As you can see, my designs are very simplistic (like a cartoon), but I love to draw extra details in the background trying to make them realistic and integrate both together. This works fine in an isolated illustration, but in a comic (with a specific deadline/timing), this goes fine if you are a complete professional artist, but when you are a complete newbie and try to perform the first design of a +4 panels layout everything starts to look wrong.

In addition, I was trying to perform fixed layouts of some panels which were based on illustrations performed in an A4 sketchbook, and sometimes it was a complete pain to resize these images to fit in a specific panel. To perform the layout and these resize/edit operations I started to use Scribus+Gimp. But I was completely frustrated with the results obtained.

The problem was about quality versus timing. I mean, I was able to finally set up a page like this one with its lettering integrated (which was done outside the drawing steps — not sure if this was a good idea yet or not)

Page 10. It was the first page that I tried to set up using Scribus+Gimp

This page was the first one that I tried to set up using Scribus+Gimp, and I was very happy with the results obtained but I spent five days on it, so if I was going to spend this time per page and I was thinking on ~50 pages, I will not be able to finish on time. So, the problem was not about tooling. It was, as I mentioned before, about sizes of images, and how I was dealing with the creation of each panel, instead of a coherent set of panels on a single page

Third bad advice: Focus all your efforts on every single panel of a page in an isolated manner instead of in a complete page

If you follow this bad advice, I will confirm that you will obtain a 100% of deviation in your due date estimation, as well as a complete incoherent page layout if you do not want to spend more than 5 days trying to fix it.

Some examples of the original draw from the previous page without any order, relative sizes, etc

So, finally, I decided to avoid drawing in my sketchbook single panels in an A4 format, as shown in the previous image and go through doing all the pages inside a single A4 trying to reduce the time of configuring it on Scribus. With that approach, I spent only 2 days (one drawing+inking, and another for color cleanup+layout+lettering) per page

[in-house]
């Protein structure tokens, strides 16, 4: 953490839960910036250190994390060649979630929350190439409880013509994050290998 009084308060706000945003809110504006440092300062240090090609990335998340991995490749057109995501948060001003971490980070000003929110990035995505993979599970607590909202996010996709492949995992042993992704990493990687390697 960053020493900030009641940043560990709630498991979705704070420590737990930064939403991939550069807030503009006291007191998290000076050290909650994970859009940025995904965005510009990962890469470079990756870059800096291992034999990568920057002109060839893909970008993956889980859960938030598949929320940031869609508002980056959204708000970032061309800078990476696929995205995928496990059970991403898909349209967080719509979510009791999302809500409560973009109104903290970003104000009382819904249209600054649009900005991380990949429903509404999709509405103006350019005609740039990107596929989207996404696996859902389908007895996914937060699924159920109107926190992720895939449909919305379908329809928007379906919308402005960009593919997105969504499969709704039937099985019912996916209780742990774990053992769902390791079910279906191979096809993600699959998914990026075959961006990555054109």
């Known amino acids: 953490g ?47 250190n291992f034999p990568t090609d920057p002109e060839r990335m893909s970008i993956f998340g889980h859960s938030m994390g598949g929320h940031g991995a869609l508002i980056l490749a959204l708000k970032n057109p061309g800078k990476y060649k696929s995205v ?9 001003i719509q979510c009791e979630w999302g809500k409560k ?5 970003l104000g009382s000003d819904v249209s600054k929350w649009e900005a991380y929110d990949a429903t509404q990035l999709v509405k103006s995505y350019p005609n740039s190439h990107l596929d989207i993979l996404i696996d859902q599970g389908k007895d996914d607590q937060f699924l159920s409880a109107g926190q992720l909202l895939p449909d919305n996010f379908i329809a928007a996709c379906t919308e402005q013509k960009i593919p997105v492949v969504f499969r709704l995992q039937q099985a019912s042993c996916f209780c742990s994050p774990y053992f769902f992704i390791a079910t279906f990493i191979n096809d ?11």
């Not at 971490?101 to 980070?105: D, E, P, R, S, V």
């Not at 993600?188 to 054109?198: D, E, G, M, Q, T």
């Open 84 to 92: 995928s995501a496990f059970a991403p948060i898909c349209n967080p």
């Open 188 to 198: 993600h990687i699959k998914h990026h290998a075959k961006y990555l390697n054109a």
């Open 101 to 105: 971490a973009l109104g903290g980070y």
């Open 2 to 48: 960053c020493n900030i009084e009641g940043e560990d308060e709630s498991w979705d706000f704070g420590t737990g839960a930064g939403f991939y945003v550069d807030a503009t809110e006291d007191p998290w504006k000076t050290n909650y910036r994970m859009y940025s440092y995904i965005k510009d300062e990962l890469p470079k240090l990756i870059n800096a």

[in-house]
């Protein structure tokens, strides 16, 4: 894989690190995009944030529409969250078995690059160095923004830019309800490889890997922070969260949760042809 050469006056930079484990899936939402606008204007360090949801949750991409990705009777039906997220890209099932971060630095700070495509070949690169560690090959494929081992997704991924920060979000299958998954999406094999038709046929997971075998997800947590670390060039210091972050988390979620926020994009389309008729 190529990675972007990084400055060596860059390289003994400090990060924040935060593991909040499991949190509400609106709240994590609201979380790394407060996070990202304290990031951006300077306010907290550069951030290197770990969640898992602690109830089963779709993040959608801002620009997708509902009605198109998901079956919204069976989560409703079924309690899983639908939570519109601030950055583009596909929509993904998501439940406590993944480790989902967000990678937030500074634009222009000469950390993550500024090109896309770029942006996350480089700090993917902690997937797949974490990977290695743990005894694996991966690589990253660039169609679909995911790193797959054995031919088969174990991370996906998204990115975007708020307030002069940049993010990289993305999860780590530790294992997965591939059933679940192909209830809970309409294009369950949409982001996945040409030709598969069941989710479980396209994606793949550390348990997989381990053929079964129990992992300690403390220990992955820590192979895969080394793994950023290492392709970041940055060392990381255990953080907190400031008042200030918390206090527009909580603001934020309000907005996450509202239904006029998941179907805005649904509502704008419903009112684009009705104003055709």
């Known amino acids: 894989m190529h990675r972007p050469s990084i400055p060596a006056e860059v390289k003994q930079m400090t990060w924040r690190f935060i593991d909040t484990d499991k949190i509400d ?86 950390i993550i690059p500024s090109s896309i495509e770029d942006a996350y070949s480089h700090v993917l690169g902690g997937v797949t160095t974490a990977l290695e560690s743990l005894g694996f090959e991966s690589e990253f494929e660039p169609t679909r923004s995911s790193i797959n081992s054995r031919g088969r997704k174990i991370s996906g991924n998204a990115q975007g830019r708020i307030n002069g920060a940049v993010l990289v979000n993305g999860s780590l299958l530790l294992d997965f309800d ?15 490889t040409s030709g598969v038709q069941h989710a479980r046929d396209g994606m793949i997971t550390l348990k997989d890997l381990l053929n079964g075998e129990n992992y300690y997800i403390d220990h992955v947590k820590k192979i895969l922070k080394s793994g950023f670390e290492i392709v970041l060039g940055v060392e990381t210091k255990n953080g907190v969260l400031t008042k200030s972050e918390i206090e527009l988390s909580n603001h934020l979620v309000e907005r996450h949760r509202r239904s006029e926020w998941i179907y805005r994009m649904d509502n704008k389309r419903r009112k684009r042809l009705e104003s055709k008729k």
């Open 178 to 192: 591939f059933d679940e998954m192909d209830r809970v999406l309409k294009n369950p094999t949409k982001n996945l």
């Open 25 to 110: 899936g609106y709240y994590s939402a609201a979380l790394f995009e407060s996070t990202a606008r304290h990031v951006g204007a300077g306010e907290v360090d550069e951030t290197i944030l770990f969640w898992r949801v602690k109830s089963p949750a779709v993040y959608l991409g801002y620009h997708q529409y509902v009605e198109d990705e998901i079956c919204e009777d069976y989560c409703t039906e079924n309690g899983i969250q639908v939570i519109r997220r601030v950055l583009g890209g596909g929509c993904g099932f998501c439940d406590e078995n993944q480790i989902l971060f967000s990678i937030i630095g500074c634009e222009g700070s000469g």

Example of a page performed in 2 days following the approach of being focused on the entire page layout instead of in a panel

Script

While I was writing this entry, I recently found this poll on Twitter which perfectly resumes all the states where I have been during my chaotic creative process of writing the comic script.

To be honest, I never tried to write the entire full script of the comic book. I had a clear idea about characters, with their abilities and importance inside the story, and where everything starts, what will happen, and how it is going to end, with some different collateral stories in the background and alternatives. So, at the very beginning, no script was created, only ideas in my mind that I tried to maintain ordered and in a full sequence of actions per character. C’mon, you knew this is not going to work.

For me, the most important thing here was about the motivation of each character on doing what are doing in a specific moment. I wanted to avoid that kind of story about going from here to there without any motivation.

But, on the other hand, and due to I only spent some hours per night from Monday to Friday, I used to feel that I was losing the focus on the story so many times, so started to take notes with some specific images (panels or pages) that I wanted to highlight.

Notes and final single panel

In these notes, you can see a lot of different situations that happened to our main characters. Most of them were updated, re-adapted, or discarded during the iterative process. For example, the notes said that Guillermo will go to Paris on a motorcycle with Tintin, but in the final panel, he goes by airplane and seems they are going to met with Sherlock Holmes, something that finally never happens.

In addition, I started to consider building some thumbnails and draft pages like this which helped me a lot to have a place to return back and order the ideas and sequences that I had in mind.

Thumbnails and final page of the third one

My “problem” started here where I started to like how the thumbnails look like. I mean, I tried to not spent more than 1 minute drawing the structure, sequence, etc. but sometimes I spent more time (mostly on the panels where two or more characters are talking — no action scenes or things like that)

A page that started as a sequence of thumbnails/draft that I finally decided to ink and to include

Fourth bad advice: use your thumbnails/draft pages as the final art, you will experience a complete sense of improving your times over 9000 but with the lowest quality that you can imagine

Fith bad advice: consider all the existing options to set up your comic script based on random criteria, let the chaos reign!

Let's finish this first post here, I will continue with more bad advice soon about style, colors, lettering, etc … now I have to continue drawing and finishing this comic! Hope you liked it!